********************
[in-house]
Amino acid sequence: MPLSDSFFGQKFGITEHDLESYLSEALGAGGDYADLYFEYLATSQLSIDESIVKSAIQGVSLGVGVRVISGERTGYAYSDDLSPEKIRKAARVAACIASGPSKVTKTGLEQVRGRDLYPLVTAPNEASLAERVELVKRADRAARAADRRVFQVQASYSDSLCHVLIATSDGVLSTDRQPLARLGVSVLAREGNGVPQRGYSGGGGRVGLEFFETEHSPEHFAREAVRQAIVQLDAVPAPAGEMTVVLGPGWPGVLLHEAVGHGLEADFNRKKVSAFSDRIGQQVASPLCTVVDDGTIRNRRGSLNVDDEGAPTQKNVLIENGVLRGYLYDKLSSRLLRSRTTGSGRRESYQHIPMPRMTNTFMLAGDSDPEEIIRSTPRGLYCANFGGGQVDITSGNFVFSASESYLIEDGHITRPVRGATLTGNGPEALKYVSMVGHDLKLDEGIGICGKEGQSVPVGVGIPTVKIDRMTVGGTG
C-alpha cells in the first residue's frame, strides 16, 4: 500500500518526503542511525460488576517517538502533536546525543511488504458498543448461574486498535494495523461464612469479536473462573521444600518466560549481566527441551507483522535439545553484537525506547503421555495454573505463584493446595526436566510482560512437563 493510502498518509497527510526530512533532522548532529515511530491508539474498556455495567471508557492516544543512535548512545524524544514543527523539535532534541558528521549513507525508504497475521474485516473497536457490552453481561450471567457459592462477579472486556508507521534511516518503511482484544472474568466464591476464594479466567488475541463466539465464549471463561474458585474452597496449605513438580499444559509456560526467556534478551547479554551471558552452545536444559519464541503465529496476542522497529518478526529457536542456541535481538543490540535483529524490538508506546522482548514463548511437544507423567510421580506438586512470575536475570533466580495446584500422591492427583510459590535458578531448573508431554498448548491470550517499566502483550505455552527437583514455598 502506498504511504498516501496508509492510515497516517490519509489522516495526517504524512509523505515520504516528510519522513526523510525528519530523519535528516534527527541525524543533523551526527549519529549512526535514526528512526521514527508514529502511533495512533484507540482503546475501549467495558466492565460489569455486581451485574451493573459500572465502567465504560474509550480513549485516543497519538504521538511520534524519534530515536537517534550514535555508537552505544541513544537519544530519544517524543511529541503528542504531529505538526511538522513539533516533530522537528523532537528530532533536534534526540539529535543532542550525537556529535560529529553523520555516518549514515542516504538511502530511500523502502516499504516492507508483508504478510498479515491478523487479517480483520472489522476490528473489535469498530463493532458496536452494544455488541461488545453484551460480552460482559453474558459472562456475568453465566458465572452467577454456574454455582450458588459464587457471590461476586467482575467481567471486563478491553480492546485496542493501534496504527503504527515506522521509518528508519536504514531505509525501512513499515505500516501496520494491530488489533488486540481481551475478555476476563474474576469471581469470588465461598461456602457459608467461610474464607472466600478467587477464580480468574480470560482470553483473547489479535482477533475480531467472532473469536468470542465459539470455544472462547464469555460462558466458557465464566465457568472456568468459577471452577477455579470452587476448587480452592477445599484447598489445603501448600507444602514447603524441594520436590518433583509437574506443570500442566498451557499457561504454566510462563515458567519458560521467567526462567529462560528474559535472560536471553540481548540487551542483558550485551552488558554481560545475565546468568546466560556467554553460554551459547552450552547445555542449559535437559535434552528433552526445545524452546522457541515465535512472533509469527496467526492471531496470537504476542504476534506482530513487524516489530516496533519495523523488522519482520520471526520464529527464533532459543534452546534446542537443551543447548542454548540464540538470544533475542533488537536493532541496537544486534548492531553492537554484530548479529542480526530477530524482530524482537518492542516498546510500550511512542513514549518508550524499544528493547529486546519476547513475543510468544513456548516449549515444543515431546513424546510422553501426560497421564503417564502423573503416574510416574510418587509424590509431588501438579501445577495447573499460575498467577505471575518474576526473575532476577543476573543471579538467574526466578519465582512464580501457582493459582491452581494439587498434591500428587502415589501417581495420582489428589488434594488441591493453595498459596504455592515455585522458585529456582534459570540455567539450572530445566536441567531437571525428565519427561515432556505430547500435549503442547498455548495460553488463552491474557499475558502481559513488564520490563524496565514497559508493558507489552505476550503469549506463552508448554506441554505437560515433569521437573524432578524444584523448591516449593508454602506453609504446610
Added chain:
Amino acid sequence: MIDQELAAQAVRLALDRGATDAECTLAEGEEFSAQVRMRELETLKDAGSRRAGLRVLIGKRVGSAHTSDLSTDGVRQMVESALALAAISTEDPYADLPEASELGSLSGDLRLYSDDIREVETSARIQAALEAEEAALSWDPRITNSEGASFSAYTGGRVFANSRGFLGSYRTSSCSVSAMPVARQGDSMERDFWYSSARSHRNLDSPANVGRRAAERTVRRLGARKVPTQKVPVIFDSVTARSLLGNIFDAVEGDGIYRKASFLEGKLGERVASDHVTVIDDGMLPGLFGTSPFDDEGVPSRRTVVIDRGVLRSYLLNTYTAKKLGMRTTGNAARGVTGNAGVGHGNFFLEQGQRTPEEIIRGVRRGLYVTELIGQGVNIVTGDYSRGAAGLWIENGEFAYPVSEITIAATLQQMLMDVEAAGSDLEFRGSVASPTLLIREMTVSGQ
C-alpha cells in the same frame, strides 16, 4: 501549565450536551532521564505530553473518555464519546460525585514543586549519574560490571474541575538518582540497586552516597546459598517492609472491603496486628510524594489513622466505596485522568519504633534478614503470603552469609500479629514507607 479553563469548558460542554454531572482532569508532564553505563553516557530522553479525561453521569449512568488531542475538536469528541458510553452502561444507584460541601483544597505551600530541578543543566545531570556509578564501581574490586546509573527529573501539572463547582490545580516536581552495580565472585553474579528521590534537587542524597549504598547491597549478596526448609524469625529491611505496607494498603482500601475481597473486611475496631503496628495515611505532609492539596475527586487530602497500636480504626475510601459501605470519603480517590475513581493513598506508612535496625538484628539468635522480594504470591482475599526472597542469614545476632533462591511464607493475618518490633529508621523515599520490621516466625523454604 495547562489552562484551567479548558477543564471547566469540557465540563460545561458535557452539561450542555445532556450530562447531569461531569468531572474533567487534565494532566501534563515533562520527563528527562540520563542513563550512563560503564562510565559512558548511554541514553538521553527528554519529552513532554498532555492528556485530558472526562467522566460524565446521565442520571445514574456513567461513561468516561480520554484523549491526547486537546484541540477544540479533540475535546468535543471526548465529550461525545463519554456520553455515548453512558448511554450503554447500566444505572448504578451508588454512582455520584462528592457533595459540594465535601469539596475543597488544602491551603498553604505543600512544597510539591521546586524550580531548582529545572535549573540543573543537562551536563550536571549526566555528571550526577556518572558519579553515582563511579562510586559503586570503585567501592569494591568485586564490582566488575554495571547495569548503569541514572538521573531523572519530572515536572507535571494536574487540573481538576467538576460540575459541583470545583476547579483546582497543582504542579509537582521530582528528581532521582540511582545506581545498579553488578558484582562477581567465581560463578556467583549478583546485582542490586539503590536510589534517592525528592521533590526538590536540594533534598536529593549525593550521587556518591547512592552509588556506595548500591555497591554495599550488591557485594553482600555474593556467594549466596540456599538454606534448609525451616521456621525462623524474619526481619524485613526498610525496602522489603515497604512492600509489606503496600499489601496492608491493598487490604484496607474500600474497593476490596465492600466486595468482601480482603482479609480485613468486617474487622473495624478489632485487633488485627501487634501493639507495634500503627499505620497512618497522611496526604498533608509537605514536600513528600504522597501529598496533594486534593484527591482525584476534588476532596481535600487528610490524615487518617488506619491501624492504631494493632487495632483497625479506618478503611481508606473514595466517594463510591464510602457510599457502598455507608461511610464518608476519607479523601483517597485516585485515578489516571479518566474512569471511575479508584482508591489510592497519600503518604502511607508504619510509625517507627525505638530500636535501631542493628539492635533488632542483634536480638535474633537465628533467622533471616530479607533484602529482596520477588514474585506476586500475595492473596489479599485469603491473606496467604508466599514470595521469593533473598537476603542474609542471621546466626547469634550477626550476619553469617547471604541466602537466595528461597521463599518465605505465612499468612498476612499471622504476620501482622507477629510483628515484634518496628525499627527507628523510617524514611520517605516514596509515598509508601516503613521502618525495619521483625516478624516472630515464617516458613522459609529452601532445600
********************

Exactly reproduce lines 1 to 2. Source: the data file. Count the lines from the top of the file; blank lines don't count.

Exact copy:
[in-house]
Amino acid sequence: MPLSDSFFGQKFGITEHDLESYLSEALGAGGDYADLYFEYLATSQLSIDESIVKSAIQGVSLGVGVRVISGERTGYAYSDDLSPEKIRKAARVAACIASGPSKVTKTGLEQVRGRDLYPLVTAPNEASLAERVELVKRADRAARAADRRVFQVQASYSDSLCHVLIATSDGVLSTDRQPLARLGVSVLAREGNGVPQRGYSGGGGRVGLEFFETEHSPEHFAREAVRQAIVQLDAVPAPAGEMTVVLGPGWPGVLLHEAVGHGLEADFNRKKVSAFSDRIGQQVASPLCTVVDDGTIRNRRGSLNVDDEGAPTQKNVLIENGVLRGYLYDKLSSRLLRSRTTGSGRRESYQHIPMPRMTNTFMLAGDSDPEEIIRSTPRGLYCANFGGGQVDITSGNFVFSASESYLIEDGHITRPVRGATLTGNGPEALKYVSMVGHDLKLDEGIGICGKEGQSVPVGVGIPTVKIDRMTVGGTG